Daily special means a menu item that is prepared and offered for 
sale on a particular day, that is not routinely listed on a menu or 
offered by the covered establishment, and that is promoted by the 
covered establishment as a special menu item for that particular day.
    Doing business under the same name means sharing the same name. The 
term ``same name'' includes names that are either exactly the same, or 
are slight variations of each other, for example, due to the region, 
location or size (e.g., ``New York Ave. Burgers'' and ``Pennsylvania 
Ave. Burgers'' or ``ABC'' and ``ABC Express'').
    Food on display means restaurant or restaurant-type food that is 
visible to the customer before the customer makes a selection, so long 
as there is not an ordinary expectation of further preparation by the 
consumer before consumption.
    Food that is part of a customary market test means food that is 
marketed in a covered establishment for fewer than 90 consecutive days 
in order to test consumer acceptance of the product.
    Gross floor area means all space, wall to wall, including areas 
under built-in counters, cooking equipment, seating, and similar 
furniture.
    Menu or menu board means the primary writing of the restaurant or 
similar retail food establishment from which a customer makes an order 
selection, including, but not limited to, breakfast, lunch and dinner 
menus; dessert menus; beverage menus, children's menus, other specialty 
menus, electronic menus, and menus on the Internet. The menus may be in 
different forms, e.g., booklets, pamphlets, or single sheets of paper. 
Menu boards include those inside a restaurant or similar retail food 
establishment as well as drive-through menu boards at restaurants or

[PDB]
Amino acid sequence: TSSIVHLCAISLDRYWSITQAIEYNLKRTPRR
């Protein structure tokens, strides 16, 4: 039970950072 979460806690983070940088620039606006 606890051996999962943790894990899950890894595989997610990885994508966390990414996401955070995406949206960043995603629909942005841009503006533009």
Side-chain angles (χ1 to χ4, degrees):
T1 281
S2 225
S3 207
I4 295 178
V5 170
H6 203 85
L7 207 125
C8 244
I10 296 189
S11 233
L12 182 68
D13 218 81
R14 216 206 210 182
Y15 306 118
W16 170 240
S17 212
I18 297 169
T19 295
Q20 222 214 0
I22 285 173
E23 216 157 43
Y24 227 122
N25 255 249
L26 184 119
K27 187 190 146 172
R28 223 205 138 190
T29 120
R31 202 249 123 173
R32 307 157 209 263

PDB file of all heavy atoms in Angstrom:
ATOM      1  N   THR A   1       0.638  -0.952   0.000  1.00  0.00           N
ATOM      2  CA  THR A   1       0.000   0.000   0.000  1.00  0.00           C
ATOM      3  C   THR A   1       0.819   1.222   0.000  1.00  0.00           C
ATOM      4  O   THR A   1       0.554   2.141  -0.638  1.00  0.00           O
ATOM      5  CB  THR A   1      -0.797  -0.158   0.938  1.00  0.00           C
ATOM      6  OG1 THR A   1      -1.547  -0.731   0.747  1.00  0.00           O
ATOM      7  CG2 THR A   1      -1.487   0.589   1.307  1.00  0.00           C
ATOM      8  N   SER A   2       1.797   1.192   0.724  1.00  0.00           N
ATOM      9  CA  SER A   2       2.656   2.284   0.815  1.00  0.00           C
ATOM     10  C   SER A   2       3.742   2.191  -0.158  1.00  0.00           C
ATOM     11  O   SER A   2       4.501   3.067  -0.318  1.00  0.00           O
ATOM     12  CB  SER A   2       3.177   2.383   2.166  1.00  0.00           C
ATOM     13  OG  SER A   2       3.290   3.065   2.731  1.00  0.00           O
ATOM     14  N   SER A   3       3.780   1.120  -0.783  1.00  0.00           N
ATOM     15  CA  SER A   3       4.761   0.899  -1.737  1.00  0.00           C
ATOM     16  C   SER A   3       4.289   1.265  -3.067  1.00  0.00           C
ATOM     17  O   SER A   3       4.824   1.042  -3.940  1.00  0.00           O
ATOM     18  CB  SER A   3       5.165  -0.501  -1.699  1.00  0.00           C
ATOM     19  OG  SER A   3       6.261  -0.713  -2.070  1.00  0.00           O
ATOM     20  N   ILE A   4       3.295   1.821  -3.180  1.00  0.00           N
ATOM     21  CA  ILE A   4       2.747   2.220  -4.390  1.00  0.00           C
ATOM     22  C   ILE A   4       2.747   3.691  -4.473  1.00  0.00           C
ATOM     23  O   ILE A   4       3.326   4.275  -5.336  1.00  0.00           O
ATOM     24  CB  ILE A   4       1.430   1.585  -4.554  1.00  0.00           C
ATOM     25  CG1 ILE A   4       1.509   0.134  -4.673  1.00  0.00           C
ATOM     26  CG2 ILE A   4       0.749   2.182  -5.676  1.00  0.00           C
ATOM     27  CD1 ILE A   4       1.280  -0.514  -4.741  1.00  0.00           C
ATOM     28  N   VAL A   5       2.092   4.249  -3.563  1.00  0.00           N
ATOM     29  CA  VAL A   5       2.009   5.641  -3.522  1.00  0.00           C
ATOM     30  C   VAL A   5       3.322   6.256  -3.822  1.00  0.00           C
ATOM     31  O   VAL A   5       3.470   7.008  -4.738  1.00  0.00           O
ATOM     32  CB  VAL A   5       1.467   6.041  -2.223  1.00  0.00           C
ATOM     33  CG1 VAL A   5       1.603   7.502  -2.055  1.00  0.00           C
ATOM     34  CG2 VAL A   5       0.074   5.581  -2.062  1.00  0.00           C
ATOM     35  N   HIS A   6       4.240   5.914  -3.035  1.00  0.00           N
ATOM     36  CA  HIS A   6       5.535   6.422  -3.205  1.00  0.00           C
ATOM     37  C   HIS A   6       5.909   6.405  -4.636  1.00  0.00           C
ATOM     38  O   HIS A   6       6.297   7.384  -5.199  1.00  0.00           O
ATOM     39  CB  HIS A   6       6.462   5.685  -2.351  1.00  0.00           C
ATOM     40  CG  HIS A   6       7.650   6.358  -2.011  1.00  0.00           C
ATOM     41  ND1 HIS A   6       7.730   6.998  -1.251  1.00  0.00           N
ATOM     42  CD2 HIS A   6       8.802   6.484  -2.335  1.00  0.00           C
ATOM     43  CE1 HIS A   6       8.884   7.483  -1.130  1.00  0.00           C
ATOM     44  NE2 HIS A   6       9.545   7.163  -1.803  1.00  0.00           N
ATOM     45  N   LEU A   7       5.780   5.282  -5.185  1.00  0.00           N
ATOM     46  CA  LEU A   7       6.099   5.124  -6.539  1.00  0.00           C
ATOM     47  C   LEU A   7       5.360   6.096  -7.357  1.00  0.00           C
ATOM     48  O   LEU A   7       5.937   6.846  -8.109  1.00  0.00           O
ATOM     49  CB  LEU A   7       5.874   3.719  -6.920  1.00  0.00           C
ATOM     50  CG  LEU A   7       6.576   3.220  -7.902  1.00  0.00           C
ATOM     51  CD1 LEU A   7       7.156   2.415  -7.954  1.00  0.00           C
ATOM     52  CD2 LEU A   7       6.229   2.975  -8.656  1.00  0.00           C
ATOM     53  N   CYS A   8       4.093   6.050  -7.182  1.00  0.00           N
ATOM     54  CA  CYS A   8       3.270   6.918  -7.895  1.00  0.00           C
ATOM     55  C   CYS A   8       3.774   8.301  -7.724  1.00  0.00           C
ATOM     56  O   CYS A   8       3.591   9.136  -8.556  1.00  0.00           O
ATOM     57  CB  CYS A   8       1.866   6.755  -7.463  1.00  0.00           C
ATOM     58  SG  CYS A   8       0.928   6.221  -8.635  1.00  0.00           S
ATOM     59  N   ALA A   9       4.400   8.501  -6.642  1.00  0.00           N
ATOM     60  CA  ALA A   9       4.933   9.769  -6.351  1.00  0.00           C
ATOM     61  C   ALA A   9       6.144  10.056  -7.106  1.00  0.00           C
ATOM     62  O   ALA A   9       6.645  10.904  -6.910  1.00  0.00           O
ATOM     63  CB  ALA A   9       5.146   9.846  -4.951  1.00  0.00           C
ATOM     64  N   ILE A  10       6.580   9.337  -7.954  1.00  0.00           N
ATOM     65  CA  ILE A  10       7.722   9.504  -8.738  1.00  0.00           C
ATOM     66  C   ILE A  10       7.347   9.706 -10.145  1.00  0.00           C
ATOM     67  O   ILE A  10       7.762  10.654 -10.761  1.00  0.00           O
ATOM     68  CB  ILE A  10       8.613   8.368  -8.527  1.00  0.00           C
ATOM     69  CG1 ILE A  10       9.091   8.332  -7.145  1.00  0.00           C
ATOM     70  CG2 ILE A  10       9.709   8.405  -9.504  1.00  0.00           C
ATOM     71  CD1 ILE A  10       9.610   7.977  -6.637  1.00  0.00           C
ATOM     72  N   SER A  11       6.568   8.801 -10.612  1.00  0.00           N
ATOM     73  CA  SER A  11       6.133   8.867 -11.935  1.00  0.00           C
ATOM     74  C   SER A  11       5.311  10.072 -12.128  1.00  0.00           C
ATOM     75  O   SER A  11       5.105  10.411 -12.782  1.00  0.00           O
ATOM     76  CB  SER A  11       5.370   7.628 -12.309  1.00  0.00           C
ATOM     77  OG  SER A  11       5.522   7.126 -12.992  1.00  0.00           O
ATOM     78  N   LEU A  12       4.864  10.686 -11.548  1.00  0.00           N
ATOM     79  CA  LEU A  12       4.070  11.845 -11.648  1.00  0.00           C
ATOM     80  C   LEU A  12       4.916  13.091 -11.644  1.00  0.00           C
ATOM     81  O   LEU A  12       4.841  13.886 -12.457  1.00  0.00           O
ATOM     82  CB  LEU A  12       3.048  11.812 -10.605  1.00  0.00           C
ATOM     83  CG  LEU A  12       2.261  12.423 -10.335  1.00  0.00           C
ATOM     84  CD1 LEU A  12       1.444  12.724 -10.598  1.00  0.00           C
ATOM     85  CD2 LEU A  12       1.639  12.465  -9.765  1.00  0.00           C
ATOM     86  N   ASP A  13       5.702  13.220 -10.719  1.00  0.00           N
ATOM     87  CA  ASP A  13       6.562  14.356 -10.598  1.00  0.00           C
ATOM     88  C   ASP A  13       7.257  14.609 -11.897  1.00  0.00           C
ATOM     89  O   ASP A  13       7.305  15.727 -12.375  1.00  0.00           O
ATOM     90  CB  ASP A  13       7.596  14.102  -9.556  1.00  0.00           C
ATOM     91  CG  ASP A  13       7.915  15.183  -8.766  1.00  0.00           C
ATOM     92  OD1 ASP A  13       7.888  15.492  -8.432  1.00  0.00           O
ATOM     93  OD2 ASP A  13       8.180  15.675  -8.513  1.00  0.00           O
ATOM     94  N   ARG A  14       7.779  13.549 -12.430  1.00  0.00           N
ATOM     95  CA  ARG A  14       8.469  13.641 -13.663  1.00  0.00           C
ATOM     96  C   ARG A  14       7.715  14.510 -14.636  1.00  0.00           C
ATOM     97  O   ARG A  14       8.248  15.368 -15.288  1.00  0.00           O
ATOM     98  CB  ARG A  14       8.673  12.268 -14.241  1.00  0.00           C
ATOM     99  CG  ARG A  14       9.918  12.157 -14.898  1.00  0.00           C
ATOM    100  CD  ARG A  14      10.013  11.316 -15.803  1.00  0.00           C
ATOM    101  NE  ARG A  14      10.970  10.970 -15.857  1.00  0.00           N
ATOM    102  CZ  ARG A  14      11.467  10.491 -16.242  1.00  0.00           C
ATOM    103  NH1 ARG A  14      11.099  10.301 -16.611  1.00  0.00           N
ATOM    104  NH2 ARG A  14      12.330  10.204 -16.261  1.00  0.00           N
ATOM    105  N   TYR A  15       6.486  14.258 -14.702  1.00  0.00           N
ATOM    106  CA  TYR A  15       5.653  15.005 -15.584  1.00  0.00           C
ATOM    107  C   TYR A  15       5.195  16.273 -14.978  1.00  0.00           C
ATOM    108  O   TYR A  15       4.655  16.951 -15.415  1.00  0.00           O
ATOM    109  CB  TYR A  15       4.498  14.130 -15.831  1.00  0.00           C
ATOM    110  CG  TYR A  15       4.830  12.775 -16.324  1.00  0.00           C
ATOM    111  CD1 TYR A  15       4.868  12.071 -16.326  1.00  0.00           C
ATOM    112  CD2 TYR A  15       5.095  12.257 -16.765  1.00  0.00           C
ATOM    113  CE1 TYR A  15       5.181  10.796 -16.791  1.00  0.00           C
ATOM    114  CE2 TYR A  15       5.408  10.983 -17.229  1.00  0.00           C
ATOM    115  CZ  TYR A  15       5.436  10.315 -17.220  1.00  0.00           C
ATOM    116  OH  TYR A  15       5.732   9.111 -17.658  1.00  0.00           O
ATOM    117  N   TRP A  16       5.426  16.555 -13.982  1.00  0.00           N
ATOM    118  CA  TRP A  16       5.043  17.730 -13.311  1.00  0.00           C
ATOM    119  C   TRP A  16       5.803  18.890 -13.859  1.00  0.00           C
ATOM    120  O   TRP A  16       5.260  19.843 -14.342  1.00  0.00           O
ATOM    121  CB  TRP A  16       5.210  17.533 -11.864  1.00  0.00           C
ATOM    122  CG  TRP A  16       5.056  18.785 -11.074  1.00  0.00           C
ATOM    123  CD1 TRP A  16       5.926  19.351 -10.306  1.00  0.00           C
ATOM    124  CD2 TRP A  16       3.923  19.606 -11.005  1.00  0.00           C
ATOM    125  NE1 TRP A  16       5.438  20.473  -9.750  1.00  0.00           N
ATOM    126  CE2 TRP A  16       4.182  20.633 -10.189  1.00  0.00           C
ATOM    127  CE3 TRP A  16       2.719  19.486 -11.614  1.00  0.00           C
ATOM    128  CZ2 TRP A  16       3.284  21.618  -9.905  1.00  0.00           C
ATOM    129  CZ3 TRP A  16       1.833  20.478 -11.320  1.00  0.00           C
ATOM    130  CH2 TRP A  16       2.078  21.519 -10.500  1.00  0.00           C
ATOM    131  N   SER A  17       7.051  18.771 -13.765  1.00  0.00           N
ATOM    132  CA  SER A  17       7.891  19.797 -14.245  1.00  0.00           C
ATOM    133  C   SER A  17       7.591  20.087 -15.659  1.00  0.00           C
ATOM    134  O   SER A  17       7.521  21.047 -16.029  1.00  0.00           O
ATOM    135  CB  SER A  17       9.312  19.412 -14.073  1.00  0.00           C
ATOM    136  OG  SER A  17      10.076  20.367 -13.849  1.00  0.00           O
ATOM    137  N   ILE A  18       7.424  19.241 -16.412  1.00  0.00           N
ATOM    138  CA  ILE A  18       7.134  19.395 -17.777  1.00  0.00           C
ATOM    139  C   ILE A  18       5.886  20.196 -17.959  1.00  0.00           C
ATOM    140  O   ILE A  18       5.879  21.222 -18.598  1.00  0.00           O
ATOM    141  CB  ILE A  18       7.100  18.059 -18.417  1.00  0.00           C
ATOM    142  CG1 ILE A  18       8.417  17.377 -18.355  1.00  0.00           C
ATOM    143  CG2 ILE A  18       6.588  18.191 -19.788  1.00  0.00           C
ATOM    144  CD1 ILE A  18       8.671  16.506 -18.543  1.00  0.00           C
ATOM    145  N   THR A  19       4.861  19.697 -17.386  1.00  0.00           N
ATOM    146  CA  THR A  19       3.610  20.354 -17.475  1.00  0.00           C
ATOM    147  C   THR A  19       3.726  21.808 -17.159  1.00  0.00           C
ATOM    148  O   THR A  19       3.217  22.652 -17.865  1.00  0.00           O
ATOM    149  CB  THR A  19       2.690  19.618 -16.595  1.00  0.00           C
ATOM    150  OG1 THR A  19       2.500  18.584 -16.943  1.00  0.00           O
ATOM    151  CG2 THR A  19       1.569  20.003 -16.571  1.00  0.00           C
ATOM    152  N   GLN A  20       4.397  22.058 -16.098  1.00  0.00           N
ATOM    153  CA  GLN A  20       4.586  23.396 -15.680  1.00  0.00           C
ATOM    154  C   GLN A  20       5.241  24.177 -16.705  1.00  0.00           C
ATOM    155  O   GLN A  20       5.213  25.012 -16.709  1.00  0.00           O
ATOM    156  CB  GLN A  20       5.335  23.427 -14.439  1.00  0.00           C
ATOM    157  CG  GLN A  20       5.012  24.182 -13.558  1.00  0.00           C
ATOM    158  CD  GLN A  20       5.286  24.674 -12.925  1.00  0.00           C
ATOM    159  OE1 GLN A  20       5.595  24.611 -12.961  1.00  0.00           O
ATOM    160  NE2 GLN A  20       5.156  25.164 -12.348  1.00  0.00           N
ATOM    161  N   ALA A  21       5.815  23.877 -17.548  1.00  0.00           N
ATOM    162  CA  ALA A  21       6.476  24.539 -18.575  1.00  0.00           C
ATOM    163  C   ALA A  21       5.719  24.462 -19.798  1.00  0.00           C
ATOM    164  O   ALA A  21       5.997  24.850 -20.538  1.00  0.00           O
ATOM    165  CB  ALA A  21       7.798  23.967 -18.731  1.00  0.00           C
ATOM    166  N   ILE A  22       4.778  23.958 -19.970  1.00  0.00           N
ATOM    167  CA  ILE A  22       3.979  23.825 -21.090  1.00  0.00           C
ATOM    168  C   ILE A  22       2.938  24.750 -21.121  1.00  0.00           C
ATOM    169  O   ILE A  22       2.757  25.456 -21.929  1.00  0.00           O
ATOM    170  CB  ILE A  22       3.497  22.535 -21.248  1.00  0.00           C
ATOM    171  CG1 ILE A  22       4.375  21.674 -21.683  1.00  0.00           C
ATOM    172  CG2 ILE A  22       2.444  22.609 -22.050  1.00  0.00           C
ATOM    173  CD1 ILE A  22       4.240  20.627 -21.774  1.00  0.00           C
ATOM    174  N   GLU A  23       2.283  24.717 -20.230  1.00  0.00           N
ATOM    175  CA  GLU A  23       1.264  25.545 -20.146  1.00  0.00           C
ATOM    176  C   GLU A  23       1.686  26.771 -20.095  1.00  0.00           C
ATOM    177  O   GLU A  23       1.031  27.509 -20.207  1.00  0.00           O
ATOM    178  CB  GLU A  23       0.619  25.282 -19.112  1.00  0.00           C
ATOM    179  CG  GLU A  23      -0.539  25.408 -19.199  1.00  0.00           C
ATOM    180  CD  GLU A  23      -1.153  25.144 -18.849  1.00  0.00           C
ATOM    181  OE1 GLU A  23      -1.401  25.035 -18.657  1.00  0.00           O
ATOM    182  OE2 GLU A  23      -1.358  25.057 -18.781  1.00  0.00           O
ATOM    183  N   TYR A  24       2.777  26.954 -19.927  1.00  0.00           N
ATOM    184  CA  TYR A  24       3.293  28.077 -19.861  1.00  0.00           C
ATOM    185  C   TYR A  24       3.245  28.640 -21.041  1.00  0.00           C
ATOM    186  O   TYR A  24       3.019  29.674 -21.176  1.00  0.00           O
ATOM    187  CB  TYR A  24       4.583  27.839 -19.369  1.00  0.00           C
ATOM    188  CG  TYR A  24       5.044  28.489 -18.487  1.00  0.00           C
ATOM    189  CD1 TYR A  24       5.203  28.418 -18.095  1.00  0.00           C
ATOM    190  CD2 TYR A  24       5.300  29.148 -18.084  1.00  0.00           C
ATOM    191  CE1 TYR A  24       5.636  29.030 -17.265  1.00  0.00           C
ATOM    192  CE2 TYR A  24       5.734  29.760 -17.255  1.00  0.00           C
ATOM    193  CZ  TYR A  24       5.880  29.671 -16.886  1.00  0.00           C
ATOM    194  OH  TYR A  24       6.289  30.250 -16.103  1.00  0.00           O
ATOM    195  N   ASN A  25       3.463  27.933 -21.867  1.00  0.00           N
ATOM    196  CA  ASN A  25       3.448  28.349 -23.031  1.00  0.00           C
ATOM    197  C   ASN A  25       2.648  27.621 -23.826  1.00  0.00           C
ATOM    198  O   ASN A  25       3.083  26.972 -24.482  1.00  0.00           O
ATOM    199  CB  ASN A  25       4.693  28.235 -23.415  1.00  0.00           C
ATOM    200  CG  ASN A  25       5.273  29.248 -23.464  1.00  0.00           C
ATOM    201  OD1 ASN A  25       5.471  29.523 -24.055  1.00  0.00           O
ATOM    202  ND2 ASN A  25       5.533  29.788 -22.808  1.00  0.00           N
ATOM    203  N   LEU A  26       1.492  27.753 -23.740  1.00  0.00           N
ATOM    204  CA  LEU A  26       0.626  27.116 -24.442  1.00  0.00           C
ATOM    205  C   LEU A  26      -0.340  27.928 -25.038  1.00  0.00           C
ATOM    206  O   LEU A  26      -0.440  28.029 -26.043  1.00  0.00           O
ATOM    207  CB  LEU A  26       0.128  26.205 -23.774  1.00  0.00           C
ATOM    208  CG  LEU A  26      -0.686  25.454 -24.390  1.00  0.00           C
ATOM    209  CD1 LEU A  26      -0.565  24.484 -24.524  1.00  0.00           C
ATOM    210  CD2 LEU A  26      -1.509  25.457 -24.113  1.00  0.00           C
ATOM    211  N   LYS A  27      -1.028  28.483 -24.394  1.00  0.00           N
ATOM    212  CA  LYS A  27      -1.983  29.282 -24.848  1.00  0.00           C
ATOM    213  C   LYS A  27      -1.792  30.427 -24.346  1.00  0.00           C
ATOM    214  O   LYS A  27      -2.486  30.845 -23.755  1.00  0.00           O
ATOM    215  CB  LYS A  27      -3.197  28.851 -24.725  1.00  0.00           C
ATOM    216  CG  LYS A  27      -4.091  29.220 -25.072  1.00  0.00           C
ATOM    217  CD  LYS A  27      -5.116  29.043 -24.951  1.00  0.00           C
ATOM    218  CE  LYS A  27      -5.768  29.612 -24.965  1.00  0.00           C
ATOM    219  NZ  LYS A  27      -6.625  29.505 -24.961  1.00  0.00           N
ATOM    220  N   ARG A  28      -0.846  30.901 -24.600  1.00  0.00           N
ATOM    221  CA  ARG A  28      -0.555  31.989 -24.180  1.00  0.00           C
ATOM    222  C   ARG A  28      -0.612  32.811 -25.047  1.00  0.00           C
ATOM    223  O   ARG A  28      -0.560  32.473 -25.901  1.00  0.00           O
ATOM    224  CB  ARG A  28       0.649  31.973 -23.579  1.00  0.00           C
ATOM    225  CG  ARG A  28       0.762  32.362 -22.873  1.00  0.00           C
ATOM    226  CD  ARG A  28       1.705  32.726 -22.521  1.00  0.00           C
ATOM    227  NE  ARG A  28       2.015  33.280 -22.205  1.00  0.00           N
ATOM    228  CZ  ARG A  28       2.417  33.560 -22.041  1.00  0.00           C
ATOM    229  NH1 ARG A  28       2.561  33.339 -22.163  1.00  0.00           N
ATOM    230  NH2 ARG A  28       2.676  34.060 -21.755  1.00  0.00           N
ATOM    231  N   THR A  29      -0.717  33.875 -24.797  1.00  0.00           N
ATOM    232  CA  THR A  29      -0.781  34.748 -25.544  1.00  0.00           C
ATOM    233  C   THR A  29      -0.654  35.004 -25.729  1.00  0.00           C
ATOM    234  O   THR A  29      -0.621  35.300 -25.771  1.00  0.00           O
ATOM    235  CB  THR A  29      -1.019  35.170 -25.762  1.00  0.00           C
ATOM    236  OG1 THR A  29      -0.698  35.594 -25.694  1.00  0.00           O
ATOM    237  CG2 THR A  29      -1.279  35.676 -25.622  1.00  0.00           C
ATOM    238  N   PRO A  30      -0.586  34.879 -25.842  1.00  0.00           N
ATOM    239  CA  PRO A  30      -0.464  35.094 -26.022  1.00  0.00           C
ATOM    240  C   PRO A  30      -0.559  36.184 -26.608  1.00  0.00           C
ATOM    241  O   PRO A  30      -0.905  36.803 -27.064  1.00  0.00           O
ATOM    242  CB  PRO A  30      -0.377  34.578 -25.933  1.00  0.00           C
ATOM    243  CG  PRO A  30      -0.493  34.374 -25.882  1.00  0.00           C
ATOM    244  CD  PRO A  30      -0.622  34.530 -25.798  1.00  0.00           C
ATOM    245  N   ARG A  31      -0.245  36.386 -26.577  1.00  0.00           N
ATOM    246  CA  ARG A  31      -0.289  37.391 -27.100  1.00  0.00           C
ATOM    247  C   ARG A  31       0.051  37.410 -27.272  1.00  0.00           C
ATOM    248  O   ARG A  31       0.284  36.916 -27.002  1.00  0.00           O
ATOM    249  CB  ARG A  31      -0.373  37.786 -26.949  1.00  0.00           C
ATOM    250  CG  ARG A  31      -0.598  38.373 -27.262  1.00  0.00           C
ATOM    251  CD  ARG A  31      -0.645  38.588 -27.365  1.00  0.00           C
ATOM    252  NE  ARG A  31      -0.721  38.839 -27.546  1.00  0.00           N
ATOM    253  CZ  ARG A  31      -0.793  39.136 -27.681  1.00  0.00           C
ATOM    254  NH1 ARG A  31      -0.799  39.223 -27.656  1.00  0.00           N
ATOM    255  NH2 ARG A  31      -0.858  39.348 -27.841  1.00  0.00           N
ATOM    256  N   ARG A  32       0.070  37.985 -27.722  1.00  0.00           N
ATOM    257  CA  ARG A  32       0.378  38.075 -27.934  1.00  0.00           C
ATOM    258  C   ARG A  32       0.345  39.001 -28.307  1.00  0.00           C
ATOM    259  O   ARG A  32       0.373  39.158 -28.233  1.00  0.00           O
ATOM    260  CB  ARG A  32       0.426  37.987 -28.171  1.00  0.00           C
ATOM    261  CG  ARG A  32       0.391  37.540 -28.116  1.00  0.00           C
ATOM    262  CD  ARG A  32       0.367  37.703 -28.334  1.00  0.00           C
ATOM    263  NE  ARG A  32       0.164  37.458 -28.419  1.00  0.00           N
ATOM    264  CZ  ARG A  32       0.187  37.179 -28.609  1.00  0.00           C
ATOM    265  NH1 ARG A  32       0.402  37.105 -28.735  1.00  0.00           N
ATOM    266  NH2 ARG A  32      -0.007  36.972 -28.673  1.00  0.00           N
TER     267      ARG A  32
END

similar retail food establishments.
    Offering for sale substantially the same menu items means offering 
for sale menu items that use the same general recipe and are prepared 
in substantially the same way with substantially the same food 
components, even if the name of the menu item varies, (e.g. ``Bay View 
Crab Cake'' and ``Ocean View Crab Cake''). ``Menu items'' in this 
definition refers to food items that are listed on a menu or menu board 
or that are offered as self-service food or food on display. 
Restaurants and similar retail food establishments that are part of a 
chain can still be offering for sale substantially the same menu items 
if the availability of some menu items varies within the chain.
    Restaurant or similar retail food establishment means a retail 
establishment that offers for sale restaurant or restaurant-type food, 
where the sale of food is the primary business activity of that 
establishment. The sale of food is the retail establishment's primary 
business activity if the establishment presents itself, or has 
presented itself publicly as a restaurant, or a total of more than 50 
percent of that retail establishment's gross floor area is used for the 
preparation, purchase, service, consumption, or storage of food.
    Restaurant food means food that is served in restaurants or other 
establishments in which food is served for immediate human consumption,